Another association was "Gmiluth Chesed" which granted interest free loans to those in need. Its chairman was Michael Shadchanovitz, who was very active in welfare matters.

The budgets of these institutions were financed from donations and from balls which were organized by local amateurs and sometimes with the help of artist amateurs from nearby towns. On February 8, 1930, for example, a ball took place in the hall of "Palas" cinema in Kibart' on behalf of the "Ezra" institution, with different shows performed by youths from Kibart' and Virbalis and a band from Vilkavishk (see Table 18).

Another institution working on behalf of health care for children was called "OZE." It began its activities in 1925 with a remarkable budget of 3,500 Lit per year, but ten years later its budget had decreased to only 1,500 Lit, with which they nevertheless did much good work. About 30 children received a glass of fresh milk and a roll every day, weak children received cod liver oil and 10-12 children were sent to a summer resort every summer, two doctors voluntarily practicing preventive medicine and giving medical help. The budget for these activities came from monthly donations of about 50 members, from a one-time fund raising affair and from a yearly ball, the income of which was dedicated to "OZE." Another important action of the Kibart' Community at the end of the thirties was to send 10 youngsters to study on its account to the "ORT" vocational schools in Kovno.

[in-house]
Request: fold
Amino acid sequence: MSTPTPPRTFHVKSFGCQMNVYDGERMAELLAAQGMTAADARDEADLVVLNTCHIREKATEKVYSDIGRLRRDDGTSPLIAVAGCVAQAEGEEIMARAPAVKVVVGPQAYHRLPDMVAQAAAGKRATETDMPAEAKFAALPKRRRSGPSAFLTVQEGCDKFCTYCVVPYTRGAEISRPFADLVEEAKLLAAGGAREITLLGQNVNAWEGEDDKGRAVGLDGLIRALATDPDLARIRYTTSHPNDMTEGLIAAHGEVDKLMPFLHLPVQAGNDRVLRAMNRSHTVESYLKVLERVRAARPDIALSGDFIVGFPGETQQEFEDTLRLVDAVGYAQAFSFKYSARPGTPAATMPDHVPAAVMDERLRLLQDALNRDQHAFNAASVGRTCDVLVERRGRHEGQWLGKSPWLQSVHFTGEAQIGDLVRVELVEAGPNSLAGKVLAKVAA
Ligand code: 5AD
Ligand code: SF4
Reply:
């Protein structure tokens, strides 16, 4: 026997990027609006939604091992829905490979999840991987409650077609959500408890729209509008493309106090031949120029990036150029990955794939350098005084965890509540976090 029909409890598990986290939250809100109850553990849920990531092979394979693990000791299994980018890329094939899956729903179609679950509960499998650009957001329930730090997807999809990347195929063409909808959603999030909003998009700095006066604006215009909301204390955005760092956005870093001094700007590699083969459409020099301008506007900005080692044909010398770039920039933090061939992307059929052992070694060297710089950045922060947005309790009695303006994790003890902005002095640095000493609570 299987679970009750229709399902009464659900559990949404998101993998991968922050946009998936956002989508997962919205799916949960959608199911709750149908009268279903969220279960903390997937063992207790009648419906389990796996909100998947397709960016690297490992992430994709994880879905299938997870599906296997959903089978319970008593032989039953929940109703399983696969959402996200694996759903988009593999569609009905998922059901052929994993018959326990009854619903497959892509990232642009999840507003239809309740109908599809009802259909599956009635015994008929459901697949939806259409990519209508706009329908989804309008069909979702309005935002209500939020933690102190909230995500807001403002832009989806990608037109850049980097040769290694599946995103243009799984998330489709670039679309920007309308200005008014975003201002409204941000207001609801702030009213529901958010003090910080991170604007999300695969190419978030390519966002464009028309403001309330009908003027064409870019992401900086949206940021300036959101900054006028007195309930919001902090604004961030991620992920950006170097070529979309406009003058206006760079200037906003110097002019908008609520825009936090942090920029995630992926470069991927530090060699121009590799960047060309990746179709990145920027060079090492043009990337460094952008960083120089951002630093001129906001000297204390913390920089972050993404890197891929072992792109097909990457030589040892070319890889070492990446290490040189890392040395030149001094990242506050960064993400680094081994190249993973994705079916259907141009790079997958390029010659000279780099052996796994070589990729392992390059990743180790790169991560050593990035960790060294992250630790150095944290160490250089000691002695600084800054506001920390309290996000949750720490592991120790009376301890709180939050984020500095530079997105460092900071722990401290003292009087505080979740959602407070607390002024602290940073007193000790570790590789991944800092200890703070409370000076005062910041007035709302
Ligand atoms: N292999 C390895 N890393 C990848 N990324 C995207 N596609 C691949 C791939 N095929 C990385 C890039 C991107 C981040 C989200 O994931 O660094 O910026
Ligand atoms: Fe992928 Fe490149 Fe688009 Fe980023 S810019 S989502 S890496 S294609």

Generally Kibart distinguished itself by its generosity not only to local institutions, but "delegates" who came to raise funds for outside institutions did not leave the town empty handed.

In the 1930s the Yiddish "General Jewish Encyclopedia" began to be published. There were 10 subscribers in Kibart' and compared with much bigger Jewish communities this was a remarkable number.

Another example of the nature of Kibart, as a large city was the fact that people addressed each other by their family names - Mr. so and so - and not by a nickname as was common in most of Lithuania. Generally in Lithuania people did not know their neighbors surnames because everybody was called by his nickname, according to the village his grandfather had come from, or by his occupation, or by the name of his mother or grandmother or by a nickname which had been passed on from father to son for generations. Even the Yiddish was a little different in Kibart, the vowels "oi" being pronounced "au" in some words. For example, instead of pronouncing "Boich" (belly) it was pronounced "Bauch" like in German. The letter "H", was pronounced correctly and not like in other places "A" or "O" instead. Also the "Sh" and the "S" were correctly pronounced and not like in other places, mainly in north Lithuania, where these two consonants were mixed up and caused many funny misunderstandings.